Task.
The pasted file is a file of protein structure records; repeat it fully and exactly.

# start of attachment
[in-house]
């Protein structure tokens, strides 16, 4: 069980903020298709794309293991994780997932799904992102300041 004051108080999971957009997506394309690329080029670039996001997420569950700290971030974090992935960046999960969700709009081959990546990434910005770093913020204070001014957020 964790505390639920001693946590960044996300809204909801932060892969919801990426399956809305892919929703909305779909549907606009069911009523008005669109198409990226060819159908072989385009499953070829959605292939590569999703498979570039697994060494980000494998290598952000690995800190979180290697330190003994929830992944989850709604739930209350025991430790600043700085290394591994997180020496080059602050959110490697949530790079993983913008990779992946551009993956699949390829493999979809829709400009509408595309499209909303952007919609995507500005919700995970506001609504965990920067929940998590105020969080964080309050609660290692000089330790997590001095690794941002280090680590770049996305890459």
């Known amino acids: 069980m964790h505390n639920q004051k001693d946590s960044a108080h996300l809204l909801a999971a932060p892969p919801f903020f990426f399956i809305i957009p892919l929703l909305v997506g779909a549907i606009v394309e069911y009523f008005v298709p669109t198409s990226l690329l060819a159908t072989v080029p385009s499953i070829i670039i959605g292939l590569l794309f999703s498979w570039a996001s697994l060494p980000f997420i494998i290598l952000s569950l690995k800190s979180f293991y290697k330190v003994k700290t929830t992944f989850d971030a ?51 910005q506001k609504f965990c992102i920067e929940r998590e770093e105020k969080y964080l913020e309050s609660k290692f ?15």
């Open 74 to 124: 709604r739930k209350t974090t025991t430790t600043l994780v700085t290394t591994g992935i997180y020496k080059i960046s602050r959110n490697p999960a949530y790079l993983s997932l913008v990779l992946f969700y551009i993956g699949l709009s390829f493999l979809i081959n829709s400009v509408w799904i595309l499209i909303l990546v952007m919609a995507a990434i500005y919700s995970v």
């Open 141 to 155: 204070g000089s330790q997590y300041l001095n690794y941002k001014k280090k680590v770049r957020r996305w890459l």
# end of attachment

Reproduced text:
[in-house]
């Protein structure tokens, strides 16, 4: 069980903020298709794309293991994780997932799904992102300041 004051108080999971957009997506394309690329080029670039996001997420569950700290971030974090992935960046999960969700709009081959990546990434910005770093913020204070001014957020 964790505390639920001693946590960044996300809204909801932060892969919801990426399956809305892919929703909305779909549907606009069911009523008005669109198409990226060819159908072989385009499953070829959605292939590569999703498979570039697994060494980000494998290598952000690995800190979180290697330190003994929830992944989850709604739930209350025991430790600043700085290394591994997180020496080059602050959110490697949530790079993983913008990779992946551009993956699949390829493999979809829709400009509408595309499209909303952007919609995507500005919700995970506001609504965990920067929940998590105020969080964080309050609660290692000089330790997590001095690794941002280090680590770049996305890459």
């Known amino acids: 069980m964790h505390n639920q004051k001693d946590s960044a108080h996300l809204l909801a999971a932060p892969p919801f903020f990426f399956i809305i957009p892919l929703l909305v997506g779909a549907i606009v394309e069911y009523f008005v298709p669109t198409s990226l690329l060819a159908t072989v080029p385009s499953i070829i670039i959605g292939l590569l794309f999703s498979w570039a996001s697994l060494p980000f997420i494998i290598l952000s569950l690995k800190s979180f293991y290697k330190v003994k700290t929830t992944f989850d971030a ?51 910005q506001k609504f965990c992102i920067e929940r998590e770093e105020k969080y964080l913020e309050s609660k290692f ?15």
């Open 74 to 124: 709604r739930k209350t974090t025991t430790t600043l994780v700085t290394t591994g992935i997180y020496k080059i960046s602050r959110n490697p999960a949530y790079l993983s997932l913008v990779l992946f969700y551009i993956g699949l709009s390829f493999l979809i081959n829709s400009v509408w799904i595309l499209i909303l990546v952007m919609a995507a990434i500005y919700s995970v």
């Open 141 to 155: 204070g000089s330790q997590y300041l001095n690794y941002k001014k280090k680590v770049r957020r996305w890459l």